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The Journal of Mental Health Training, Education and Practice, vol. 15 no. 1
Type: Research Article
ISSN: 1755-6228

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Article
Publication date: 1 September 2006

Heather Straughan and Michael Buckenham

This paper reports outcomes from a holistic, recovery‐based, user‐led group training for people with DSM‐IV bipolar disorder. Drawn from professional therapies and…

Abstract

This paper reports outcomes from a holistic, recovery‐based, user‐led group training for people with DSM‐IV bipolar disorder. Drawn from professional therapies and personal experience of the illness by the user‐researcher, the training was delivered over 12 weekly sessions. Using a case‐study approach, an experimental design incorporated pilot (eight participants), main study (five) and control groups (six). Self‐report scales measured mood, coping, empowerment and quality of life pre‐, post‐ and six months post‐training. Semi‐structured interviews noted individual change within the same time frame. Interviews with mental health professionals, medical note analysis and user‐researcher observations also informed the study. Findings from self‐report questionnaires indicated that participants experienced improved mood stability, symptom severity, coping and quality of life and greater empowerment. Out of the six controls, two indicated slight but slow recovery, four continued to use poor coping skills, and two of these four experienced major relapses.

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Journal of Public Mental Health, vol. 5 no. 3
Type: Research Article
ISSN: 1746-5729

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Article
Publication date: 30 September 2015

Toru Uehara and Yoko Ishige

This study aims to examine the association of frontal functioning with subclinical bipolar spectrum by a newly developed convenient method. We investigated subclinical…

Abstract

This study aims to examine the association of frontal functioning with subclinical bipolar spectrum by a newly developed convenient method. We investigated subclinical bipolar tendency and frontal lobe activation during word productions using multi-channel near infrared spectroscopy. Participants: 44 healthy university students (mean ages 20.5 years old, and 29 female) gave their written informed consent, and we strictly protected privacy and anonymity was carefully preserved. A 13-items self-report questionnaire (Mood Disorders Questionnaire; MDQ) and a 16-channel near-infrared spectroscopy were used to compare frontal activations between two samples divided by median (4 points) of the total MDQ scores and to analyze correlations between relative changes of cerebral blood volume and bipolarity levels. There was no case suspected as bipolar disorders by MDQ screening (mean 3.4, max 10). Significant differences in lower activations were noted in the right and left pre-frontal cortex (PFC) with higher bipolarity scores using the specific software to analyze the NIRS waveform (P<0.05). Total MDQ were correlated significantly with frontal activation negatively in many channels; therefore, we conducted multiple linear regression to select significant frontal activations using the MDQ as a dependent variable. Stepwise method revealed that activation in left lateral PFC was negatively associated to bipolar tendency, and this regression model was significant (R2=0.10, F=4.5, P=0.04). Differences in frontal functioning suggest that subclinical bipolar tendencies might be related to left lateral PFC activations. It should be confirmed whether the identical pattern can be identified for clinical subjects with bipolar disorders.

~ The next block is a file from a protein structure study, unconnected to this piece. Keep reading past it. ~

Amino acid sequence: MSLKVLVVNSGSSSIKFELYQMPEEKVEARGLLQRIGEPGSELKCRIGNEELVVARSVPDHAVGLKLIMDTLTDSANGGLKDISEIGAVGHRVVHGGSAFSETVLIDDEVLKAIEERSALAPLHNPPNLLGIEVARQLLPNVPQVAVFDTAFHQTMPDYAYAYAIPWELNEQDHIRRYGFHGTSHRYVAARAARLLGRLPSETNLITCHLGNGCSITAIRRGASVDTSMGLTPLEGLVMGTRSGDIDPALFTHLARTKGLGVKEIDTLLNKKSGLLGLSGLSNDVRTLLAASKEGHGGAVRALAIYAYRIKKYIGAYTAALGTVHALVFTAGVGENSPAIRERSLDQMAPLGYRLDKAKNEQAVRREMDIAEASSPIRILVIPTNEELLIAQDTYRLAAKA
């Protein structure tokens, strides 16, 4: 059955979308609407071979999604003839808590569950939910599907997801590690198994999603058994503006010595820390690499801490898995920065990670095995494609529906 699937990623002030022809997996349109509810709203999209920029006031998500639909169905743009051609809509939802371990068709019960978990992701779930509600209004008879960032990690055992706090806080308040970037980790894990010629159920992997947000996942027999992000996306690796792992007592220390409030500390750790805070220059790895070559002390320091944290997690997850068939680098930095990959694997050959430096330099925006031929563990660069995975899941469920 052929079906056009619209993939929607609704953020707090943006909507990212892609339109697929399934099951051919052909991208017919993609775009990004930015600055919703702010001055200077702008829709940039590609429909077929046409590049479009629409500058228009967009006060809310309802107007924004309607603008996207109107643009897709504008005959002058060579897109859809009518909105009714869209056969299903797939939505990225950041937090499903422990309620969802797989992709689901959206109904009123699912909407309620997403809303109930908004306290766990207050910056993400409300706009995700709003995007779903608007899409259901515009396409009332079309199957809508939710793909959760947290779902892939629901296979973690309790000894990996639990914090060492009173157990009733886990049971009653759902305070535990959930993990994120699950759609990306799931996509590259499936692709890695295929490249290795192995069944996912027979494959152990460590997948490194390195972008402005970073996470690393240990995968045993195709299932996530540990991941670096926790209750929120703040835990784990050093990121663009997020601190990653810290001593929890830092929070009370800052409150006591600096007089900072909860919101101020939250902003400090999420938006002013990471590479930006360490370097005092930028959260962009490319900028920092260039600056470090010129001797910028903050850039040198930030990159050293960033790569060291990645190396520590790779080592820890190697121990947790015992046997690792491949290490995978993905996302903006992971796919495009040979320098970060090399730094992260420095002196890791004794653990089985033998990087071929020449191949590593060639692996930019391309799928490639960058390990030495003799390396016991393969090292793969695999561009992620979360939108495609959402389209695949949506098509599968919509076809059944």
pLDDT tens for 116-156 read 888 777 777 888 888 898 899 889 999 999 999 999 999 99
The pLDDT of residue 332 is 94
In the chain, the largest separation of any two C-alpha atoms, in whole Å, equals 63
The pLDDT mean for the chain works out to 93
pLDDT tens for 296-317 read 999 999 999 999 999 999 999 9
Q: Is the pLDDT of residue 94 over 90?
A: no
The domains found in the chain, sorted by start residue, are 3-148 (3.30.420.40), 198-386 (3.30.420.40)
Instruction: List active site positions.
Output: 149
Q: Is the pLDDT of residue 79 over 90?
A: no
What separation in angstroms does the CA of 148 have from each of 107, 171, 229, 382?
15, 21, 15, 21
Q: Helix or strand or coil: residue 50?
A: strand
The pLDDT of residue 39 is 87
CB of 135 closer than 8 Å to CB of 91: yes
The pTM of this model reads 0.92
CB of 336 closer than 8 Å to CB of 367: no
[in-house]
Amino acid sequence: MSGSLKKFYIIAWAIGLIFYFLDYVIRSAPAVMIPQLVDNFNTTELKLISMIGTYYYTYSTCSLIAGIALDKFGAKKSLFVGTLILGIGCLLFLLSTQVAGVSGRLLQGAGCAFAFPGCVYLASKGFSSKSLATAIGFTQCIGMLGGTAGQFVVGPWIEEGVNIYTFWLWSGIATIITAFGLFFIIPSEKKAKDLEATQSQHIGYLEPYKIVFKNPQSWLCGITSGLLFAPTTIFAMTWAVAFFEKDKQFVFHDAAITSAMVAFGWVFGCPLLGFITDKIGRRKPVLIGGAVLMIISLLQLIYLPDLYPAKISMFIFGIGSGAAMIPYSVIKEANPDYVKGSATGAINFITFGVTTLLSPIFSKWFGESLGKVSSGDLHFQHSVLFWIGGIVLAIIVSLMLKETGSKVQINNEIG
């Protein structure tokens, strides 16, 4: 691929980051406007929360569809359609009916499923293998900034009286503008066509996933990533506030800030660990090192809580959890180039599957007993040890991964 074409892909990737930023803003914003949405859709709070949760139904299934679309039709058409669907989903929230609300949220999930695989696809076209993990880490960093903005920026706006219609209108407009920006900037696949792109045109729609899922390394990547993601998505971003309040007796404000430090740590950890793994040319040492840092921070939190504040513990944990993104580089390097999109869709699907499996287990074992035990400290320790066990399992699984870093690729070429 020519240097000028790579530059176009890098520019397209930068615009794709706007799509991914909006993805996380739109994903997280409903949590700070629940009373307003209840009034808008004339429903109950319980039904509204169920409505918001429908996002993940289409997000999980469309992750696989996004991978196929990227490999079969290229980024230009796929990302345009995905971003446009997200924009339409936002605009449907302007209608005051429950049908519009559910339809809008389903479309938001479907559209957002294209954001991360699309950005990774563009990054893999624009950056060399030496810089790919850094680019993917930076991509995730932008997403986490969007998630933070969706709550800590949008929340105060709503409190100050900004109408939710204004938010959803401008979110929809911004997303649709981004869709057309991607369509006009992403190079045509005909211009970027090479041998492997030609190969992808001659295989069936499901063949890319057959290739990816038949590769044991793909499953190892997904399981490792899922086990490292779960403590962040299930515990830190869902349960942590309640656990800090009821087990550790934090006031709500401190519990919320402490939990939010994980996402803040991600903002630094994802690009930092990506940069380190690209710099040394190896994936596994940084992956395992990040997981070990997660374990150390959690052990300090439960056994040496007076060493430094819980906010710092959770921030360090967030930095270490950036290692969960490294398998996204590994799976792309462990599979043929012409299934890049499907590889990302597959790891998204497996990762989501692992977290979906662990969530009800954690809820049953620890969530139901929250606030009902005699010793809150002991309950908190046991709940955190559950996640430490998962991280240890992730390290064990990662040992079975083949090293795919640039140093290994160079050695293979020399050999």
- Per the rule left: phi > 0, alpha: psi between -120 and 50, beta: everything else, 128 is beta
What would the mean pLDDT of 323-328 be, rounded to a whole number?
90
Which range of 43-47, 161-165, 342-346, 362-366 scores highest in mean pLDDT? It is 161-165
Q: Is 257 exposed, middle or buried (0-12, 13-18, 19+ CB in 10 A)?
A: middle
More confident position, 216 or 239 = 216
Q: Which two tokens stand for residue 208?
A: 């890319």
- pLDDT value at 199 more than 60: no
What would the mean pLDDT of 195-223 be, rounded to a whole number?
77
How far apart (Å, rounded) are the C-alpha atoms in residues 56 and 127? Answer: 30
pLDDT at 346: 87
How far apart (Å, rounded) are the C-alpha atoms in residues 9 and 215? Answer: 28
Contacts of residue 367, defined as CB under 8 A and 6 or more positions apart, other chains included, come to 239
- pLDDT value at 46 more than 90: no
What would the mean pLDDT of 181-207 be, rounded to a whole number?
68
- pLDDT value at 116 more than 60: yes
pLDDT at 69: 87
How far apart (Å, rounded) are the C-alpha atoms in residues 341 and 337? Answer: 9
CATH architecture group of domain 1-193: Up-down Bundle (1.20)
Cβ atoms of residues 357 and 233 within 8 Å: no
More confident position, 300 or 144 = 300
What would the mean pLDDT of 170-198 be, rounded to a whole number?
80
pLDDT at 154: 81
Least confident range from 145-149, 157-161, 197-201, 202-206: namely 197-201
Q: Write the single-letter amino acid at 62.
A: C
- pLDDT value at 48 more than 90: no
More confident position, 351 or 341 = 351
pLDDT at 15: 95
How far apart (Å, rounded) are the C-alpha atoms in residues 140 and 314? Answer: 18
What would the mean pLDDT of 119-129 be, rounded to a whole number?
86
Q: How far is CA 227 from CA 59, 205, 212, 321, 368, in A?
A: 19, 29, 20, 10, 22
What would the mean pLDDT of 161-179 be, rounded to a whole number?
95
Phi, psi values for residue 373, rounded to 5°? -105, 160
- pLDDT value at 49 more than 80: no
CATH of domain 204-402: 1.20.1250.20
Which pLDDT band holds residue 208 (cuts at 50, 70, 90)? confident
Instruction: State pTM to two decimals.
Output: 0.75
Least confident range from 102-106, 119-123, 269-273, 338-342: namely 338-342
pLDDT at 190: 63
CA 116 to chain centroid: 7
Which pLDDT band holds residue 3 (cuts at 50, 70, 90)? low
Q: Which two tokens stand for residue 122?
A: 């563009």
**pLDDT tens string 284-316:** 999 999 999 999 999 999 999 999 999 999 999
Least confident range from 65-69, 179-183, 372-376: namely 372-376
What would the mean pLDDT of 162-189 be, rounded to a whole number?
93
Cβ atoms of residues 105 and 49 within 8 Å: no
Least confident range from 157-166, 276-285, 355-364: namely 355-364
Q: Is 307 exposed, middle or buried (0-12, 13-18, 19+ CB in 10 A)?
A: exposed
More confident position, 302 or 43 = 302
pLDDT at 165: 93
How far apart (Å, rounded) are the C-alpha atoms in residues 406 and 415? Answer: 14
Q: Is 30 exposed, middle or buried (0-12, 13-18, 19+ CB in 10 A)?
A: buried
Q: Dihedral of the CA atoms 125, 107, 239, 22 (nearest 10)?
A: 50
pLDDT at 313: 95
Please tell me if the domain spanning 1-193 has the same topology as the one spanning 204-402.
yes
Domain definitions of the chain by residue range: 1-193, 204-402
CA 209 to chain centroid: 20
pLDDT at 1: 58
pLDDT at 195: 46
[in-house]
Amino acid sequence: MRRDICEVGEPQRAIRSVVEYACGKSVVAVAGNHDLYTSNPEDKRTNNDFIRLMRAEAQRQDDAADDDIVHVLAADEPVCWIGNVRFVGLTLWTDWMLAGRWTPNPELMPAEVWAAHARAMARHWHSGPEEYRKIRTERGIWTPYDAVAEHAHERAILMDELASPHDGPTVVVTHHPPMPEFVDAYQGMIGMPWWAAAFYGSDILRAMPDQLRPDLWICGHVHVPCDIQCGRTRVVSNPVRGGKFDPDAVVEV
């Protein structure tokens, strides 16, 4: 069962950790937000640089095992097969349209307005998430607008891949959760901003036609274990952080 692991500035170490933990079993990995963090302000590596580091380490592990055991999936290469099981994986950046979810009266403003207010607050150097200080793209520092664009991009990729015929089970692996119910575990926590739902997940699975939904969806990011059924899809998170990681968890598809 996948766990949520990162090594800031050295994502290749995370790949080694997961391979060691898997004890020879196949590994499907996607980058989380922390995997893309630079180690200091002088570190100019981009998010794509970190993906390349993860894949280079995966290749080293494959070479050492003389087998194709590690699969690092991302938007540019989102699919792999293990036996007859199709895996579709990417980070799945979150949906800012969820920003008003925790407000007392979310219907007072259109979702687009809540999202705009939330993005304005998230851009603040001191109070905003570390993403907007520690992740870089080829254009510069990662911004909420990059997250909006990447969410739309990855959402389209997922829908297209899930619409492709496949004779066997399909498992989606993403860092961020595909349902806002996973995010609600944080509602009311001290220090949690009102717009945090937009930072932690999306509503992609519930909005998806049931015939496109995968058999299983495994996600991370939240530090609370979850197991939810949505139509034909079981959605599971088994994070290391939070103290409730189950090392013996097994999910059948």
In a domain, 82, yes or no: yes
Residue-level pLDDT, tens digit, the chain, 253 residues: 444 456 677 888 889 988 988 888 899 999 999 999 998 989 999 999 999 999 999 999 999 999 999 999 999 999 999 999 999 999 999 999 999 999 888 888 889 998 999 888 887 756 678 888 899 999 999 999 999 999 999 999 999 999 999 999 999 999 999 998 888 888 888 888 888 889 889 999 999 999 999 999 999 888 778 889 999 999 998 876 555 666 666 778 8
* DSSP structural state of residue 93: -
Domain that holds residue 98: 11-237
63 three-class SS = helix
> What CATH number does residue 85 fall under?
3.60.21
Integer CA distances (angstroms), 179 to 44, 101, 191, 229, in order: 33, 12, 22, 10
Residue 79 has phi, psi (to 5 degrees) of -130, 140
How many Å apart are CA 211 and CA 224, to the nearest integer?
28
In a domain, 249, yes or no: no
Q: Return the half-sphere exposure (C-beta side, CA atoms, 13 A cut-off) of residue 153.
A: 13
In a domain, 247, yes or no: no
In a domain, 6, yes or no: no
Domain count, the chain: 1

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Mental Illness, vol. 7 no. 2
Type: Research Article
ISSN: 2036-7465

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Article